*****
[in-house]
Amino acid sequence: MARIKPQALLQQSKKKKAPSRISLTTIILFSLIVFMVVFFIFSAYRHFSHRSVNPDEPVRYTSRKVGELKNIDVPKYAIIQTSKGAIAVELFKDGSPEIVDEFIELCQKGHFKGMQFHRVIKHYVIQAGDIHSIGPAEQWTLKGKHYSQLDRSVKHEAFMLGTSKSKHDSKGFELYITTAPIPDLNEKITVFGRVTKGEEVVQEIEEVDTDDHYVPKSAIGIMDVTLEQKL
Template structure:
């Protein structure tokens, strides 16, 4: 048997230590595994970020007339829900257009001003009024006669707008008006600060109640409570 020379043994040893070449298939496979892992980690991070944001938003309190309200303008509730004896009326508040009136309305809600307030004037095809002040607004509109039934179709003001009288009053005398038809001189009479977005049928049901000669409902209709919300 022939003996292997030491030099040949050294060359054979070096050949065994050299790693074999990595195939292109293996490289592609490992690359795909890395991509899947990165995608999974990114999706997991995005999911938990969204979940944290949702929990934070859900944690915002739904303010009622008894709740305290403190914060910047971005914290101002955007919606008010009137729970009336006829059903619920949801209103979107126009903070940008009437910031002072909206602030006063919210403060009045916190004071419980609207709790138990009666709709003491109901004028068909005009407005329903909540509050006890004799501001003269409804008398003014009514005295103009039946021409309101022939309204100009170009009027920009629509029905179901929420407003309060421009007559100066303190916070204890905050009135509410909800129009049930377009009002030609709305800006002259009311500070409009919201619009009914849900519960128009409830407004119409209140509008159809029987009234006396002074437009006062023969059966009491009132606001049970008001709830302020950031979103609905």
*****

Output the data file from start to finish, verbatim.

[in-house]
Amino acid sequence: MARIKPQALLQQSKKKKAPSRISLTTIILFSLIVFMVVFFIFSAYRHFSHRSVNPDEPVRYTSRKVGELKNIDVPKYAIIQTSKGAIAVELFKDGSPEIVDEFIELCQKGHFKGMQFHRVIKHYVIQAGDIHSIGPAEQWTLKGKHYSQLDRSVKHEAFMLGTSKSKHDSKGFELYITTAPIPDLNEKITVFGRVTKGEEVVQEIEEVDTDDHYVPKSAIGIMDVTLEQKL
Template structure:
């Protein structure tokens, strides 16, 4: 048997230590595994970020007339829900257009001003009024006669707008008006600060109640409570 020379043994040893070449298939496979892992980690991070944001938003309190309200303008509730004896009326508040009136309305809600307030004037095809002040607004509109039934179709003001009288009053005398038809001189009479977005049928049901000669409902209709919300 022939003996292997030491030099040949050294060359054979070096050949065994050299790693074999990595195939292109293996490289592609490992690359795909890395991509899947990165995608999974990114999706997991995005999911938990969204979940944290949702929990934070859900944690915002739904303010009622008894709740305290403190914060910047971005914290101002955007919606008010009137729970009336006829059903619920949801209103979107126009903070940008009437910031002072909206602030006063919210403060009045916190004071419980609207709790138990009666709709003491109901004028068909005009407005329903909540509050006890004799501001003269409804008398003014009514005295103009039946021409309101022939309204100009170009009027920009629509029905179901929420407003309060421009007559100066303190916070204890905050009135509410909800129009049930377009009002030609709305800006002259009311500070409009919201619009009914849900519960128009409830407004119409209140509008159809029987009234006396002074437009006062023969059966009491009132606001049970008001709830302020950031979103609905």